Seeing as it’s the London Marathon weekend, let’s indulge ourselves in one of the most inspirational Marathon races in history, which also took place in the capitol of Britain: London.
In the late 19th – early 20th century, the Marathon distance was defined as any distance from 25 miles to 26 miles, it wasn’t until the 2008 Olympic games in London, that the official distance we all know and love of 26 miles and 385 yards was introduced. Funnily enough; the reason this distance was introduced was so the race would conclude directly outside the Royal box in the Olympic stadium.
Before the race in London, Dorando Pietri, the small stature of an Italian, had clocked a 2 hour and 38 minutes in a 25 mile ‘marathon’ which in this day and age, is not an impressive time when it comes to contemplating Olympic medals, but at the time it was world class.
The race commenced at 2:33pm on the 24th of July, 1908, with 56 competitors on a warm sunny day – by British standards. Pietri had a fairly modest start to the race, sitting back in the pack, and by the time it reached the 20 mile mark he was falling short of the leader, Charles Hefferon (South Africa) by 4 minutes! Which today would mean almost certain victory for Hefferon, but Pietri had other ideas. He stormed past the South American at the 23 mile mark, making a brave run for home, a man so comfortable running 25 and 26 mile races, it was a sure victory for the Italian. However, Pietri did not treat the final 385 yards with as much anticipation as he should. After all, what is an extra 385 yards after 26 miles? Nothing, right?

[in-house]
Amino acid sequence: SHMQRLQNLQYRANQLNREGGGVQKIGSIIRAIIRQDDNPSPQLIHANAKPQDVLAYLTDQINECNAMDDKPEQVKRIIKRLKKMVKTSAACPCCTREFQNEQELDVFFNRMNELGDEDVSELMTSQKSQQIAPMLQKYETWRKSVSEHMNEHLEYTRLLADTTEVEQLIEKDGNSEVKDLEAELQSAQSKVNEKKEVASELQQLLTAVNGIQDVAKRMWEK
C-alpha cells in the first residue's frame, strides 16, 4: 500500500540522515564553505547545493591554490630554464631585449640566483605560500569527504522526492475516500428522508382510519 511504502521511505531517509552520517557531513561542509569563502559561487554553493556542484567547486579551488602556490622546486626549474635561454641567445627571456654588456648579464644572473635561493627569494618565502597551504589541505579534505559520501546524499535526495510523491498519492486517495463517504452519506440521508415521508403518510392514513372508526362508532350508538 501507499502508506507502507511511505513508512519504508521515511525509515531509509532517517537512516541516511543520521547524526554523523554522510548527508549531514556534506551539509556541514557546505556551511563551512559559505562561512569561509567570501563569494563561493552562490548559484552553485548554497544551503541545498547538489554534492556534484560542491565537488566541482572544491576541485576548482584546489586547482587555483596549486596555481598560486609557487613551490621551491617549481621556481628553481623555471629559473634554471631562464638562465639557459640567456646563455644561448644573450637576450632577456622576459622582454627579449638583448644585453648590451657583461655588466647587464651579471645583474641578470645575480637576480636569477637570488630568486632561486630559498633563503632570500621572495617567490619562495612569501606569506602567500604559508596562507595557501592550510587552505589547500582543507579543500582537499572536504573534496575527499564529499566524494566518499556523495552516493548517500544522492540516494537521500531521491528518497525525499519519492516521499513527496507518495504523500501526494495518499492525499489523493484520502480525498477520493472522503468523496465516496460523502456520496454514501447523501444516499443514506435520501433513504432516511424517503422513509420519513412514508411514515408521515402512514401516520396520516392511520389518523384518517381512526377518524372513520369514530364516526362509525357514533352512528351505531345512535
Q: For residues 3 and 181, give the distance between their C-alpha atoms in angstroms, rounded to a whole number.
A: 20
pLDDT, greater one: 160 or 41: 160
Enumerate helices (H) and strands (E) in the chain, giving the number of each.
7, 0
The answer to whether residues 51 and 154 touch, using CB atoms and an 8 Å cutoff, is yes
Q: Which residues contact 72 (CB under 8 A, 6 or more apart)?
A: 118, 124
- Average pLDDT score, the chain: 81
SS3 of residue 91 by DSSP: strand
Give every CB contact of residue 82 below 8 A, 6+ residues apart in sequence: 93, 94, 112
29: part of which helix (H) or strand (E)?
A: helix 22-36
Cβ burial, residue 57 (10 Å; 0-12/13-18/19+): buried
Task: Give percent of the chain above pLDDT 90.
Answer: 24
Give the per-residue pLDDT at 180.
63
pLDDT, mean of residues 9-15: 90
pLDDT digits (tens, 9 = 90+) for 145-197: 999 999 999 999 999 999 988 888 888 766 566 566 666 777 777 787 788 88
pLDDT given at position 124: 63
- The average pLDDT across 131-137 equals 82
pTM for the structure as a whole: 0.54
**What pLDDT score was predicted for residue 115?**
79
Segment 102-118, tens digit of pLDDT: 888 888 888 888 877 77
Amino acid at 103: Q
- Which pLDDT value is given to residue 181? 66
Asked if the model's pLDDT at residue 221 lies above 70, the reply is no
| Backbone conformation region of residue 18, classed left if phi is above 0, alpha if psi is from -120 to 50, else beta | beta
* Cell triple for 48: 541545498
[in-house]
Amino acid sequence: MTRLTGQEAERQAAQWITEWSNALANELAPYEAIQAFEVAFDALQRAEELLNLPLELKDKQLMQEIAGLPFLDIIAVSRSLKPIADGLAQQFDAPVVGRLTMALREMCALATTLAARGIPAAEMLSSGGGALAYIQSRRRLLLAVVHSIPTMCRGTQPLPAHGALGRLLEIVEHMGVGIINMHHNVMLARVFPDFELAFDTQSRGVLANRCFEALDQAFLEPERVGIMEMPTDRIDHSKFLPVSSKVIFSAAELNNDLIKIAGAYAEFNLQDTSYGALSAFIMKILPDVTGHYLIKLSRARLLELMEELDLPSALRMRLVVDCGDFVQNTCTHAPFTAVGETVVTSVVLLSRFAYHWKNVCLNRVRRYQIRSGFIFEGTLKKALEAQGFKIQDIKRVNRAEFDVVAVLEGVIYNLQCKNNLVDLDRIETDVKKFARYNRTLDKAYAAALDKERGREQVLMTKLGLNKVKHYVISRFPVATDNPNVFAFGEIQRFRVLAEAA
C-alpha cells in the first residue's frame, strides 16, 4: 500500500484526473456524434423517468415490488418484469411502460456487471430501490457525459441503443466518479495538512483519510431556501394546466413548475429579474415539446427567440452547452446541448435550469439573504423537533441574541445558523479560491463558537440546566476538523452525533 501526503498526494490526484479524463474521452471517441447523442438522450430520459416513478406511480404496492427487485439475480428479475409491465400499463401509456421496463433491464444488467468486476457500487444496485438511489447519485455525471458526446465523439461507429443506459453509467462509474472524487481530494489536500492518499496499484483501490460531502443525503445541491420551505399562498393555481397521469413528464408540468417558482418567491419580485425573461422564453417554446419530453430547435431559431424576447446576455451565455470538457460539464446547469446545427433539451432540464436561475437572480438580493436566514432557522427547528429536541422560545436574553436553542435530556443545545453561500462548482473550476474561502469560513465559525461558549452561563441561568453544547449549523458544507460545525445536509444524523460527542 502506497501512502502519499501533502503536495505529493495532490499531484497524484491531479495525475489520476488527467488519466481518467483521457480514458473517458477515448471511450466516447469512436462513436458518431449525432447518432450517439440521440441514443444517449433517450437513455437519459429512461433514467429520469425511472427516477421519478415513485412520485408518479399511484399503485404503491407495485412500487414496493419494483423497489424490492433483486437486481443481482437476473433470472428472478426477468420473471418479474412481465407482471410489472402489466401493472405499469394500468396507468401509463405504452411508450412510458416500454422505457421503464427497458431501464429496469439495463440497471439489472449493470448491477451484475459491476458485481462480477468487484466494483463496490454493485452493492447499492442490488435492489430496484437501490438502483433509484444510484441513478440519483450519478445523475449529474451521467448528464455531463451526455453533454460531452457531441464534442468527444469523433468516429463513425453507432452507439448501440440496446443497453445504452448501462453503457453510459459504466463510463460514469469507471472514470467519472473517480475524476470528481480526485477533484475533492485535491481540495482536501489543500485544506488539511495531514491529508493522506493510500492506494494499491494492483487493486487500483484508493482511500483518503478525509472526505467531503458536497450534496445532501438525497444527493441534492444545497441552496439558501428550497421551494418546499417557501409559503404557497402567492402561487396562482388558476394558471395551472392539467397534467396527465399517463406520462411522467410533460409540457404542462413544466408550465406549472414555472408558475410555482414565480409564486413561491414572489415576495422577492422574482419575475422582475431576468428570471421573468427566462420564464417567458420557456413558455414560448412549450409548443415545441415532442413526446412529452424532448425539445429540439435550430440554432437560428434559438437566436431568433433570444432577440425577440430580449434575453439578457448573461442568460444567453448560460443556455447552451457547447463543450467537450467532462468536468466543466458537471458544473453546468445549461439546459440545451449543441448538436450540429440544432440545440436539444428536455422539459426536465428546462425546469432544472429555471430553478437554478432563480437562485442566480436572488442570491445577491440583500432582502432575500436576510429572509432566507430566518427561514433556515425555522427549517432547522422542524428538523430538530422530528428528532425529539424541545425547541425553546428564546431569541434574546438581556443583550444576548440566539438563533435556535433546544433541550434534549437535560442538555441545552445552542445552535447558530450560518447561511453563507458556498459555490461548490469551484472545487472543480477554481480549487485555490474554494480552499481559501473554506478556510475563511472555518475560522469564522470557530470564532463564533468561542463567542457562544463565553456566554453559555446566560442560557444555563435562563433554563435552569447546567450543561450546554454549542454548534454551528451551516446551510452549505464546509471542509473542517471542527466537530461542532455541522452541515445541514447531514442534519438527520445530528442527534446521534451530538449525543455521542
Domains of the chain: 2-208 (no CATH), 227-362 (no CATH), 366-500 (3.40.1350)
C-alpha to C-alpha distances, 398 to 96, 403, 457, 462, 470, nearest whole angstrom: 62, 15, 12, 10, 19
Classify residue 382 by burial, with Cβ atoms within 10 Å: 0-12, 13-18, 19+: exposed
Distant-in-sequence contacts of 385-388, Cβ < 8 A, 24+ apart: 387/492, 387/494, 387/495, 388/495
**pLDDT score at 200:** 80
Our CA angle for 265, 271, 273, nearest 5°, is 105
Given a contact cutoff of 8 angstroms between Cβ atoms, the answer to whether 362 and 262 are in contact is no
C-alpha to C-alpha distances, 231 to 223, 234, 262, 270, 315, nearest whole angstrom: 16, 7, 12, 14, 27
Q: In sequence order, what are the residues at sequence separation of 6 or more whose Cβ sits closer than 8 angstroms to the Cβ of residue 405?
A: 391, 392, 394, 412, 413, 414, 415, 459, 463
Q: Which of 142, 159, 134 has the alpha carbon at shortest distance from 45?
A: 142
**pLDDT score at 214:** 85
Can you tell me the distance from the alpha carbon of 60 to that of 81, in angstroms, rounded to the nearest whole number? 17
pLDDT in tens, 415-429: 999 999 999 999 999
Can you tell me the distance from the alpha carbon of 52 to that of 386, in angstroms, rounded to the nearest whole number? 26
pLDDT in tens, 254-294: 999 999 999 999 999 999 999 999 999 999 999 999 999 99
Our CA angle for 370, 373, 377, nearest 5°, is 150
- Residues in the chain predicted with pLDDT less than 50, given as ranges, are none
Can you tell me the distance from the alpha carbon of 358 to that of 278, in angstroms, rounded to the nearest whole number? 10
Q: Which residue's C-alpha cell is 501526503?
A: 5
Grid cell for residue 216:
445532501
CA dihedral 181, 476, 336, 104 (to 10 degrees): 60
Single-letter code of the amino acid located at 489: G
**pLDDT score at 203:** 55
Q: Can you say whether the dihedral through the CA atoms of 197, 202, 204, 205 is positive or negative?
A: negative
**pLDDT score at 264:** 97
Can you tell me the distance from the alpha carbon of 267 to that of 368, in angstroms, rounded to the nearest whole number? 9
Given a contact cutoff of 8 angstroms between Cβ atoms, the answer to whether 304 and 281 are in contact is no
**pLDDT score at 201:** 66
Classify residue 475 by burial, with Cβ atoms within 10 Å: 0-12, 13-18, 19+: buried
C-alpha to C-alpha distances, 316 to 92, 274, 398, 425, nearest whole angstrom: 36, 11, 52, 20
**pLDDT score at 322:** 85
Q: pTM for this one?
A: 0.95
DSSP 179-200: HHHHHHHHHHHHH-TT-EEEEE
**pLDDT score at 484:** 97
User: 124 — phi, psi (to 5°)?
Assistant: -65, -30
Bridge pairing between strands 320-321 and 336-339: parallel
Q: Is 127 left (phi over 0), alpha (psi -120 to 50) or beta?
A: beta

Well, you would think so. When Pietri entered the Olympic stadium, he took a tremendous turn for the worst, and collapsed. His chase after the South African proved to be too much for the little Italian, as he had no energy to continue. As with most athletes, Pietri got up, and tried to continue. Taking him over 5 minutes to complete the final 385 yards of a 26 mile race, after collapsing to the ground an extra 4 times, and being carried by officials to the finish line.. Amazingly, he still won the race, but because of his dependence on the marshals to finish the race, he was disqualified. This left the American Johnny Hayes to claim the Olympic marathon title in 1908.
Pietri was not gone without recognition however. The royalties present at the conclusion of this fantastic race were not only impressed by his heart and commitment, but believed that he should of still claimed the gold. They presented him with an enormous silver trophy, in recognition of his talent, and innate passion. A few short years passed, and the distance used in the 1908 Olympic games was stated as the official distance for the marathon. 26.2 miles.. the extra 385 yards can break even the strongest of athletes.
Once a runner, always a runner.